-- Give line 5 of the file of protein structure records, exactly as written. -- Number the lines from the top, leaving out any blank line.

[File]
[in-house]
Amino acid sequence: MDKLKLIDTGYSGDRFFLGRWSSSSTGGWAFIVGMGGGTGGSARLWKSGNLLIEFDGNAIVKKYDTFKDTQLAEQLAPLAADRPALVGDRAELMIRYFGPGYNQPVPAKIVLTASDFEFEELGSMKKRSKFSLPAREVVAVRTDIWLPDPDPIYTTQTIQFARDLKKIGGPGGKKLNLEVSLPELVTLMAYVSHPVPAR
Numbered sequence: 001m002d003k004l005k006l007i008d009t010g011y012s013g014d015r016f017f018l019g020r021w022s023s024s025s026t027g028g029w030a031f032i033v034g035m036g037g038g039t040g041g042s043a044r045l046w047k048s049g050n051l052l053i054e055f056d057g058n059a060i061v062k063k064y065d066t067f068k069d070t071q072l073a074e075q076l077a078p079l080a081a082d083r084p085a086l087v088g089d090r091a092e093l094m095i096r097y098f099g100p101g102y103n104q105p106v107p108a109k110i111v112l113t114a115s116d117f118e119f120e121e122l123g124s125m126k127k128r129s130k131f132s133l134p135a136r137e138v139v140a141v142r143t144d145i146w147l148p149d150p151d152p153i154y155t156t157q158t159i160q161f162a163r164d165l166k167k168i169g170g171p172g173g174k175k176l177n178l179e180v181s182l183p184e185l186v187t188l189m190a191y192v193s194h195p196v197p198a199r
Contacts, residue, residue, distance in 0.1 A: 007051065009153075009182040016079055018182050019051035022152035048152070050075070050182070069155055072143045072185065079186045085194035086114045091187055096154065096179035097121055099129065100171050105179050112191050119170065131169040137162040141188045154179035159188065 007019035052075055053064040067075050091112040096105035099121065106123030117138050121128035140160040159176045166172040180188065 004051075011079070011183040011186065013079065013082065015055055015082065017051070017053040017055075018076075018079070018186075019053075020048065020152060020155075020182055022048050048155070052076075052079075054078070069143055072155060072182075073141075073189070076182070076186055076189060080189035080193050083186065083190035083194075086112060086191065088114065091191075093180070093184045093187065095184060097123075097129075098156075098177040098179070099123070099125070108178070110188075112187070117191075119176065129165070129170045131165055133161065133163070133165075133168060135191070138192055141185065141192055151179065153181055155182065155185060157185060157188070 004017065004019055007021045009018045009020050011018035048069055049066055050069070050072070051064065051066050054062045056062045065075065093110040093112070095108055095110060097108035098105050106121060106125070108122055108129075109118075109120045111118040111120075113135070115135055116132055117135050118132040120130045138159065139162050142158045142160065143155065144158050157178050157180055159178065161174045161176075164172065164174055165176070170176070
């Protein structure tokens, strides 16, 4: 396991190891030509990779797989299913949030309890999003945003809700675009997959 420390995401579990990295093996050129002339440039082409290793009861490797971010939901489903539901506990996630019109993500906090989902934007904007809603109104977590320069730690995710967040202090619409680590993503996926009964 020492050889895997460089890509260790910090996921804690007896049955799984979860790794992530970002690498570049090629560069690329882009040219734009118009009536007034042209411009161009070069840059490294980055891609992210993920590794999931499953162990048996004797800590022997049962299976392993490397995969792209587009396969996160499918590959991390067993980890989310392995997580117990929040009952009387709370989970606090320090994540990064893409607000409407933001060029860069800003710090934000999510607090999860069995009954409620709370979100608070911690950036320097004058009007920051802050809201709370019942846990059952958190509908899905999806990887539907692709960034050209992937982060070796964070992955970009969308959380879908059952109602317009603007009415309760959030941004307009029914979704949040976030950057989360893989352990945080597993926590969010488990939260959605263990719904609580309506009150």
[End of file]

């Protein structure tokens, strides 16, 4: 396991190891030509990779797989299913949030309890999003945003809700675009997959 420390995401579990990295093996050129002339440039082409290793009861490797971010939901489903539901506990996630019109993500906090989902934007904007809603109104977590320069730690995710967040202090619409680590993503996926009964 020492050889895997460089890509260790910090996921804690007896049955799984979860790794992530970002690498570049090629560069690329882009040219734009118009009536007034042209411009161009070069840059490294980055891609992210993920590794999931499953162990048996004797800590022997049962299976392993490397995969792209587009396969996160499918590959991390067993980890989310392995997580117990929040009952009387709370989970606090320090994540990064893409607000409407933001060029860069800003710090934000999510607090999860069995009954409620709370979100608070911690950036320097004058009007920051802050809201709370019942846990059952958190509908899905999806990887539907692709960034050209992937982060070796964070992955970009969308959380879908059952109602317009603007009415309760959030941004307009029914979704949040976030950057989360893989352990945080597993926590969010488990939260959605263990719904609580309506009150």